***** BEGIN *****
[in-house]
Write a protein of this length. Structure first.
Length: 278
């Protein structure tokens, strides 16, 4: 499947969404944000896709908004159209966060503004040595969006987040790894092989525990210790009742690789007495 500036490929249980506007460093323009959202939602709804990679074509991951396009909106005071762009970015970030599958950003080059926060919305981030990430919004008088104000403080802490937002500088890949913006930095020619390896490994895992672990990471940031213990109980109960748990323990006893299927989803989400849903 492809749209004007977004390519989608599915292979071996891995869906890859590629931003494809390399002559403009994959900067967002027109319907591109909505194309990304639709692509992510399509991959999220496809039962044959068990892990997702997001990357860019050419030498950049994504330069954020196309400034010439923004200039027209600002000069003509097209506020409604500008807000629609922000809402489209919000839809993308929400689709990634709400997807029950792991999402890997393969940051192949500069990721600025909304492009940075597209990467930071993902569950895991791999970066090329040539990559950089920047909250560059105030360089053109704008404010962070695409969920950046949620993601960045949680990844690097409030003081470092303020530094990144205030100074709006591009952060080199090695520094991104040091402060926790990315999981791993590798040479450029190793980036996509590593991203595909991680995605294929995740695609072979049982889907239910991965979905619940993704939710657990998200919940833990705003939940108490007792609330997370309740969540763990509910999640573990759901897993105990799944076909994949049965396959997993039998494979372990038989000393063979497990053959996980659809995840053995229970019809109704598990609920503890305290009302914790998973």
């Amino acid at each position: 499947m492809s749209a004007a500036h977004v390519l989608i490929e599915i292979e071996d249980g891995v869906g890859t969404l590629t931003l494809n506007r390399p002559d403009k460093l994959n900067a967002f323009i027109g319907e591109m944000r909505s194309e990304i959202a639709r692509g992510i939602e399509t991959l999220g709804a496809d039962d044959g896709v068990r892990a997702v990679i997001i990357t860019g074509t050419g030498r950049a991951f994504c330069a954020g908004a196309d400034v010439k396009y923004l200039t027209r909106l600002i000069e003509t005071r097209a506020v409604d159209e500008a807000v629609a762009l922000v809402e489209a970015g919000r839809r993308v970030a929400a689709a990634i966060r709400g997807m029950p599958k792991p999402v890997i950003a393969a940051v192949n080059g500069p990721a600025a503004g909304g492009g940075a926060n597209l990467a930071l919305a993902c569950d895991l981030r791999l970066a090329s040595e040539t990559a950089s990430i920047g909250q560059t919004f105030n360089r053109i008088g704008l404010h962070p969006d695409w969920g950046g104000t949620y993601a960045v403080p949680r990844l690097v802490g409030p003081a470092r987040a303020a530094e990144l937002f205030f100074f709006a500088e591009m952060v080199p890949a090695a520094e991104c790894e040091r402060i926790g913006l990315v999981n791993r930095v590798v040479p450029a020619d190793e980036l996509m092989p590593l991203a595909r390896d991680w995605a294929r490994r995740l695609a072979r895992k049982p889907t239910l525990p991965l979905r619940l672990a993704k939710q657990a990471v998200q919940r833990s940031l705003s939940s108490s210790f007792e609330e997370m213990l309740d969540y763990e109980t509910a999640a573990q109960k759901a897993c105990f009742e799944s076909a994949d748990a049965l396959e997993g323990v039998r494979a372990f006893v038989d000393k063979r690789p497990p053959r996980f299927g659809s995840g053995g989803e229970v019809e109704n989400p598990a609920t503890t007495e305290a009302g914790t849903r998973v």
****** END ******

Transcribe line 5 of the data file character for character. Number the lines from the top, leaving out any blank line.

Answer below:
């Amino acid at each position: 499947m492809s749209a004007a500036h977004v390519l989608i490929e599915i292979e071996d249980g891995v869906g890859t969404l590629t931003l494809n506007r390399p002559d403009k460093l994959n900067a967002f323009i027109g319907e591109m944000r909505s194309e990304i959202a639709r692509g992510i939602e399509t991959l999220g709804a496809d039962d044959g896709v068990r892990a997702v990679i997001i990357t860019g074509t050419g030498r950049a991951f994504c330069a954020g908004a196309d400034v010439k396009y923004l200039t027209r909106l600002i000069e003509t005071r097209a506020v409604d159209e500008a807000v629609a762009l922000v809402e489209a970015g919000r839809r993308v970030a929400a689709a990634i966060r709400g997807m029950p599958k792991p999402v890997i950003a393969a940051v192949n080059g500069p990721a600025a503004g909304g492009g940075a926060n597209l990467a930071l919305a993902c569950d895991l981030r791999l970066a090329s040595e040539t990559a950089s990430i920047g909250q560059t919004f105030n360089r053109i008088g704008l404010h962070p969006d695409w969920g950046g104000t949620y993601a960045v403080p949680r990844l690097v802490g409030p003081a470092r987040a303020a530094e990144l937002f205030f100074f709006a500088e591009m952060v080199p890949a090695a520094e991104c790894e040091r402060i926790g913006l990315v999981n791993r930095v590798v040479p450029a020619d190793e980036l996509m092989p590593l991203a595909r390896d991680w995605a294929r490994r995740l695609a072979r895992k049982p889907t239910l525990p991965l979905r619940l672990a993704k939710q657990a990471v998200q919940r833990s940031l705003s939940s108490s210790f007792e609330e997370m213990l309740d969540y763990e109980t509910a999640a573990q109960k759901a897993c105990f009742e799944s076909a994949d748990a049965l396959e997993g323990v039998r494979a372990f006893v038989d000393k063979r690789p497990p053959r996980f299927g659809s995840g053995g989803e229970v019809e109704n989400p598990a609920t503890t007495e305290a009302g914790t849903r998973v």